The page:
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Andrew John Hozier Byrne is an Irish based songwriter, lyricist and musician. His music primarily draws from blues, folk and gospel reflecting themes that transcend beyond the personal affairs of life. His music is vehement, desperate and honest about the world we live in. Hozier grew up listening to his parent’s records which were mostly blues. The blues music is an African-American genre, traversing across a range of emotions that exhibit injustice, heartbreak, pain and tragedy. Hozier’s music has a timbre of tragic misery and metaphorical morbidity that beautifully captures the essence of human emotions in the realm of despair and wildness. This he achieves not by playing the hard rock or metal that evokes strong sentiments but through this twangy Irish vocals that are identifiable across the varying genres of his songs.

Hozier performing at The Troubadour in 2014. Image via Wikipedia

Hozier was brought up in the Irish countryside and the sounds of American music. He mostly resonated with the blues but later grew affectionate to similar genres of soul, gospel and jazz. In his interview with Vox, Hozier says, “I have always come back to blues music. It’s kind of my first love.” The Dublin based artist skilfully movies his fingers across the guitar strings and his voice yowls and embodies the genre he loves the most. Speaking in the context of song Nina Cried Power and music as a political instrument of resistance and assertion, Hozier in his interview with q on cbc says that:

I don’t know if nowadays people (musicians) are uncomfortable or don’t risk being or nearly intend that their music is apolitical and that is someway it is completely void of something that can be considered political. For me, I think music is political no matter what it’s about. There are so many negative connotations when we talk about things being political, but if something concerns the experience of people, it concerns some political dimension.”

Hozier’s protest song Nina Cried Power among many is a battle cry that honours the legacy of the musicians and activists of the 1960s American Civil Rights Movement. The song drops the name of activists like (Pete) Seeger, James Brown, and (John) Lennon and of course Nina Simone, who owns the title of Hozier’s track. The music track features Mavis Staples who defined their music through the political movement in America. 

These protestors and stalwarts of dissent and justice sang together and stayed together. Their music offered a source of cohesion and was a vigorous force of solidarity. The genre of Jazz music, revered as the music of the Black Movement and identity was a cultural revival to their political strife. The music video of the song features Irish activists listening to the song for the first time and it is highly eloquent and moving. The lyrics of the song “It’s not the song, it’s the singing. It’s the heaven of human spirits ringing”, is impactful and striking. 

Not only this, Hozier’s love songs like Work Song and Cherry Wine have a sobering effect. The dark romance and subversion exaggerated throughout his music is eccentric and remarkable. While the song Cherry Wine exhibits the melancholy of an abusive relationship and the dire side of domestic violence, Someone New is an empty, vacuous and trifling love affair, signifying the receding human connection in the digital times. Many would fashion it as a Tinder or Bumble anthem.

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The lyrics conceity dramatize and unfold the themes of Hozier’s songs. They often play around with the language of oppression and sordid darkness. The contrasting part of Hozier’s music is that it intends to display intense themes and elicit strong emotions with a soft edge of instrumental guitar and a solemn voice with wavering flame to its tone.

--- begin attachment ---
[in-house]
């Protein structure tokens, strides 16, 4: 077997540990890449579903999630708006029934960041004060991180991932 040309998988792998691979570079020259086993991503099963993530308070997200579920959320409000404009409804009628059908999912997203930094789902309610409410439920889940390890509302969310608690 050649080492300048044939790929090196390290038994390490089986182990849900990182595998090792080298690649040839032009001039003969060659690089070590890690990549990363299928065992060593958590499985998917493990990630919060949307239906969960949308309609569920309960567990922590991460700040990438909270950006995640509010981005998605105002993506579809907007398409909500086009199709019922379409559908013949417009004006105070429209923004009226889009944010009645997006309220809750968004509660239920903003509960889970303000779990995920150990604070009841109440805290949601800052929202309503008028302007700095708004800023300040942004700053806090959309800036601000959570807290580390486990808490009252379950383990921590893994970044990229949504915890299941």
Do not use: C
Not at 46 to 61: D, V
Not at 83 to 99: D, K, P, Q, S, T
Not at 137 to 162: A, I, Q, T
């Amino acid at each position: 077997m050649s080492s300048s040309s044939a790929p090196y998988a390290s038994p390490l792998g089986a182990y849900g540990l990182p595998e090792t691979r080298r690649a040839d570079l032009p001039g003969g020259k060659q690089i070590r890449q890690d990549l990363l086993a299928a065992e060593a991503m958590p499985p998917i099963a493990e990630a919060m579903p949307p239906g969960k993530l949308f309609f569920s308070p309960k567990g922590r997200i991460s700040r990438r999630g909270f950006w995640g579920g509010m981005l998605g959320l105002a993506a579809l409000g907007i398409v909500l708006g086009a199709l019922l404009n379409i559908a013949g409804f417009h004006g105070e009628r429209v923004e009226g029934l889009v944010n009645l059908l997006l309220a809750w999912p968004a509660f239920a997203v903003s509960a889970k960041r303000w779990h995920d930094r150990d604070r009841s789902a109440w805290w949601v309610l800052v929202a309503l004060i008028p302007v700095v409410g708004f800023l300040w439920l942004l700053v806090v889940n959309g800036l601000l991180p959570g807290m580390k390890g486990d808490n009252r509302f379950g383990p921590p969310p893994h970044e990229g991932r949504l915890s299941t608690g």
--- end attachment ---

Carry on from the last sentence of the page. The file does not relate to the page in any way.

Hozier is a titan – both musically and literally. His most famous song Take Me To Church is culturally relevant. Hozier indicts the Catholic church for its narrow tolerance towards flamboyant sexualities. The theme of the song propounds that the Church defined idea of human profanity are the only things that are essentially blue and earthly. The lyrics ‘In the madness of the soil of that sad earthly scene, only when I am human, only then I am clean’ redefines the norm of holy purity. Hozier believes that human act of sexual intercourse through varied sexualities is the ethos of what is hallowed and revered. 

Additionally, the song is an attack on the anti-homosexuality of the Catholic churches. He equates love with transgression and radicality. Similarity, the song From Eden juxtaposes sin with pleasure. On a personal level, I find the gospel and soul effect in Hozier’s music inspired partially from the African American music unique and alluring. In his interview with Entertainment Weekly, Hozier expressed that he feels gospel and soul music as liberating and emancipatory. 

Some of his lesser known tracks like Shrike, Movement and Angel of Small Death and the Codeine Scene are among my personal favorite. In the first one, Hozier figuratively uses Shrike as a type of bird which makes its home in thorny bushes to imply a heartbreak from an unhealthy relationship and the resilience that comes after it. The acoustic guitar played in the song has a soothing and calming effect. Hozier’s Sunlight is an upbeat song that signifies the conditionality that comes with love and one’s embracement of the limitations. 

The popular themes found in Hozier’s music is the contrast between love and abuse; pure and immoral; light and dark. Indeed, Hozier and his music is certainly unique among the myriads of thematically shallow pop songs. If you are someone who pleasures melancholy in art and music as an honest admission to reality, listening to Hozier can be your best choice!


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